9. The next step is to turn the strut at an angle in which you can use your ban saw (or any other cutting device). The Koni instructions say that you should cut a few millimeters below the top curve. DO NOT. Just make sure to cut down UNDER the larger diameter ring at the top of the strut, since if you cut too high up, you will notice that there are notches and such preventing the insides of the strut to come out. If you do happen to cut too high up, you can always use an angle grinder as well to clear a path for the insides to come out. One straight cut right through the top is all you need. I had to use a vice grip on the piston to make sure it wouldn’t spin around on me.
10. After you cut the top, you should be able to tilt the strut upside down, remove the tape, and hammer the bottom until the innards slide right out. You can also heat the outside of the strut sleeve so they slide out. Worst case scenario: You think that everything is jammed in place, and that since you cut off the entire top, there is nothing to grab onto to pull out the insides………wrong. When you use the rubber mallet and hammer right above the hole you had first drilled out, you will create pressure starting to force the piston or assembly out to be grabbed or whichever. I assure you it is a lot easier than most of you think, lol.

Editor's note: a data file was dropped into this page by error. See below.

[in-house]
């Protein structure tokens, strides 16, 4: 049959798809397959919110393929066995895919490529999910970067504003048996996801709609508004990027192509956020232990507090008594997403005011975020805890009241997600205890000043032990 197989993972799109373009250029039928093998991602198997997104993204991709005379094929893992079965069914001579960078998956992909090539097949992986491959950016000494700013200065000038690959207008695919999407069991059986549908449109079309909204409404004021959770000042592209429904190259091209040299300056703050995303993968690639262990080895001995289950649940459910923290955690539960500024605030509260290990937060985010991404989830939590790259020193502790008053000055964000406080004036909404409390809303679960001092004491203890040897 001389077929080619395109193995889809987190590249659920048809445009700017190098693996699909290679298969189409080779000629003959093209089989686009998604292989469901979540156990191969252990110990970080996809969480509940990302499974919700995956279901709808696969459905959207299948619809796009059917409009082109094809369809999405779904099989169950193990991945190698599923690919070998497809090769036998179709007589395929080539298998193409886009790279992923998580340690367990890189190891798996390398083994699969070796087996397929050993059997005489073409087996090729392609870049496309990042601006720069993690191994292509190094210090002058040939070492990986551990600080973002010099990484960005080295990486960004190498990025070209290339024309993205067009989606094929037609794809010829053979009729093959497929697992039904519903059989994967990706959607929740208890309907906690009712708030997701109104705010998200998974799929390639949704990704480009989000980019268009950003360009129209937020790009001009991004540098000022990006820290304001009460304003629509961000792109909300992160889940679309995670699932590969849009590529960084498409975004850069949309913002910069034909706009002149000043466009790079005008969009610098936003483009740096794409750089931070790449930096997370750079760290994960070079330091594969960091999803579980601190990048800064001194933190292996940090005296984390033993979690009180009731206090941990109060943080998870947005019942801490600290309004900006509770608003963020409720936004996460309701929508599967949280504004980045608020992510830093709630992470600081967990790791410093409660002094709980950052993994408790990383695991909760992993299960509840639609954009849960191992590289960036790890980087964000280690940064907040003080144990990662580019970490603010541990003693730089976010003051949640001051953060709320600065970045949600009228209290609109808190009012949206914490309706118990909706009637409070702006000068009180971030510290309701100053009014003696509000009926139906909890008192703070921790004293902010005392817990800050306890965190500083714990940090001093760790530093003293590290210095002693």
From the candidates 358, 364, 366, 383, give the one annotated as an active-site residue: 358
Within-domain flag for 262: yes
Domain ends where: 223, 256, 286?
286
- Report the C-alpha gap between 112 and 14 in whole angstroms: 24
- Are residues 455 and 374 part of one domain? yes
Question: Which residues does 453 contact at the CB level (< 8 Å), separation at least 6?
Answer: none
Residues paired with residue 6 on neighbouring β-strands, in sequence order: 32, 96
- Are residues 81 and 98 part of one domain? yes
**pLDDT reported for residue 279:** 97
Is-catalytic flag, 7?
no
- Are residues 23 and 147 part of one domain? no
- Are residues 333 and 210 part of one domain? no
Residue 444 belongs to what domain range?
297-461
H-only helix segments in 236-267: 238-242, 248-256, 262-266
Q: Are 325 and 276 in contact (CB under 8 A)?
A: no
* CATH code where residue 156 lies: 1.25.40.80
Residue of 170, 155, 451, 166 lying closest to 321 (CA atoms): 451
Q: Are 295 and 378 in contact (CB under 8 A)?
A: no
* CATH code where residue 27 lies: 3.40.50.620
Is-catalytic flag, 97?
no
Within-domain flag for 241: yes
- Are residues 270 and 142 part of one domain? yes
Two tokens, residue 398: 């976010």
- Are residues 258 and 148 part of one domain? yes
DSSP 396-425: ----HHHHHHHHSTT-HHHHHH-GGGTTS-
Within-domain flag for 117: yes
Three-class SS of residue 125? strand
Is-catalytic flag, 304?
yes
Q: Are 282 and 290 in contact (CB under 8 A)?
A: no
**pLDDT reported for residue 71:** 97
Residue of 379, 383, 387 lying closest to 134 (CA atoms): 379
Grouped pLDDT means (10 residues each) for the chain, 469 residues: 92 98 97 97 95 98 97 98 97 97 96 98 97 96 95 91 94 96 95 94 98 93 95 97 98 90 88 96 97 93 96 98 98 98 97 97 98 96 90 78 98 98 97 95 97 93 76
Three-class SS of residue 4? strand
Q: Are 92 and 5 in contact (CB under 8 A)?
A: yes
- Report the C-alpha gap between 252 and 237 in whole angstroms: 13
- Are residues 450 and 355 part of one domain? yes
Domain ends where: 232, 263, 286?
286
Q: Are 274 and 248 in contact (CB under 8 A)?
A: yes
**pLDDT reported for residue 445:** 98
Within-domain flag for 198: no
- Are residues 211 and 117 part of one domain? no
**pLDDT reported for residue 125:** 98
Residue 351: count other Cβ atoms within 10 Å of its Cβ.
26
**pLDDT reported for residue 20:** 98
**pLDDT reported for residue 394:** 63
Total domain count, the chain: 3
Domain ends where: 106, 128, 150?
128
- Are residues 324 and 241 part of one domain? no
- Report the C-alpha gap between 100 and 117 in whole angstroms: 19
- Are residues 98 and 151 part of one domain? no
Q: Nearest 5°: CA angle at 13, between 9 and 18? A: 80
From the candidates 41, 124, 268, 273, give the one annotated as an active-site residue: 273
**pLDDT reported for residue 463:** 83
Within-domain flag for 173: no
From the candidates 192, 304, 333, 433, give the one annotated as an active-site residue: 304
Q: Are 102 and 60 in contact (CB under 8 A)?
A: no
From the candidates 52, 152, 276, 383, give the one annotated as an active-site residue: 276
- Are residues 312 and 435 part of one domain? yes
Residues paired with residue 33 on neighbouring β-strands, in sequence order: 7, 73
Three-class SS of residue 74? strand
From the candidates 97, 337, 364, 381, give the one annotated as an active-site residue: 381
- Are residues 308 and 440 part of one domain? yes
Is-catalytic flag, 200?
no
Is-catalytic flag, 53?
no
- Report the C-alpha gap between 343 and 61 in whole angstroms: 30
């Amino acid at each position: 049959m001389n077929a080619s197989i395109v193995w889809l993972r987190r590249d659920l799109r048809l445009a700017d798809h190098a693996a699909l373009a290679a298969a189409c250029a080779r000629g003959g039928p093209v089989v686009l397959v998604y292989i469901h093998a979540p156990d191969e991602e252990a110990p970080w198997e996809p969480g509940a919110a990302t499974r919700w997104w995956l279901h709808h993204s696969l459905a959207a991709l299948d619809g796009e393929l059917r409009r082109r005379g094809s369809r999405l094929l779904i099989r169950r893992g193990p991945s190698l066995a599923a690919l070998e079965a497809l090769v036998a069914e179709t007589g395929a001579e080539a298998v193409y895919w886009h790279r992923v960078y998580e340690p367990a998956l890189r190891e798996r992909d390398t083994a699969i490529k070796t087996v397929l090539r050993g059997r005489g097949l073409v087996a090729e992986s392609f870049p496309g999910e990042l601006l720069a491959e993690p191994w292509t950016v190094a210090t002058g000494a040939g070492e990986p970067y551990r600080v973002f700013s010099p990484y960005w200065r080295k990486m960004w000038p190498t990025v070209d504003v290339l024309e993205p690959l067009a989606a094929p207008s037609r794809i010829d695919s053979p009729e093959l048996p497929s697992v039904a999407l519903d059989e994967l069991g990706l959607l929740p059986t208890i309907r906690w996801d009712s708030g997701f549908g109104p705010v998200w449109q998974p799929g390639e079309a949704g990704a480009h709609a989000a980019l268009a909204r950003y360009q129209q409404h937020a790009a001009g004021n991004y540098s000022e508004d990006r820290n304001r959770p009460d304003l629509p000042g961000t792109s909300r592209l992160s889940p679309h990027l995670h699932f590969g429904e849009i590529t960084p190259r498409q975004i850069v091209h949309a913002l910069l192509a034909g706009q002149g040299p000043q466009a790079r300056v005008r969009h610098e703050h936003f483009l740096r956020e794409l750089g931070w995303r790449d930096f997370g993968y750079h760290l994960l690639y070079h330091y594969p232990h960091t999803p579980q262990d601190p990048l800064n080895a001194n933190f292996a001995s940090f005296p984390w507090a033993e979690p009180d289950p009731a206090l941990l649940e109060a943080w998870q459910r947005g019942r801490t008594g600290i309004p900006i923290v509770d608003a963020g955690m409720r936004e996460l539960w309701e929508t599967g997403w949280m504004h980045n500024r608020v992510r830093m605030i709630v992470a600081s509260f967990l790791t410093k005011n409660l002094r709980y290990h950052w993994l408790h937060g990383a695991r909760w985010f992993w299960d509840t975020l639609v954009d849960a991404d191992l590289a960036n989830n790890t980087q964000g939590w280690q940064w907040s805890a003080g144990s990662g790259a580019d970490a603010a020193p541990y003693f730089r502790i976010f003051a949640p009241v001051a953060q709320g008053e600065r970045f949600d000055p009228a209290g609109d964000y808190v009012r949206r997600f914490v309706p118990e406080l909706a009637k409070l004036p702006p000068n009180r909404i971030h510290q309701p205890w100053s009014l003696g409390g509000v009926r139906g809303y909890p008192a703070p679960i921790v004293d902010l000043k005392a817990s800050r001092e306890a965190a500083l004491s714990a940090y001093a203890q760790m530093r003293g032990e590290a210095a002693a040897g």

You want to cut as low as you can, or else you get these stubs. If it is not a perfectly round inner circle, just grind them down, or cut again.
11. The next step after emptying the strut, is to go back to the hole you first drilled. Koni struts are secured by a bolt connecting to the bottom of the strut, so use a 12 mm drill bit, and drill out that hole to compensate for it. If you mess up, don’t worry, you can make it larger than it needs to be since the bolt also uses a LARGE washer included with the struts.
12. By now you should have the Konis inside the sleeves and bolted up. Some people will tell you that you might need to file a lot of metal, but s13 oem struts are clamped on, so no huge booger welds inside the strut.
13. Assemble the spring of your choice with the newly fitted Koni struts. Make sure to look at the FSM as to which way to set up the springs and spring perches. The top is always flat, but look at the FSM for factory torque specs etc.
14. Once you have your front piece all together, place the top of the strut back into the 3 top holes, and have a friend just put the nuts back on so it can hang and swing around. Do not tighten them, since you need some play.
15. Next, just line up the brake assembly with the strut. I found this to be quite straight forward, but if you have trouble, have a friend use his foot to press down on the rotor to move it to where you need it to be.
16. Torque down those 5 bolts, then repeat for the other side.
17. Now it’s time for the rear. There are only 3 bolts to worry about, 2 connecting the top of the strut to the body, and one nut connecting the bottom to the brake assembly. Remove the interior in order to get to the back struts.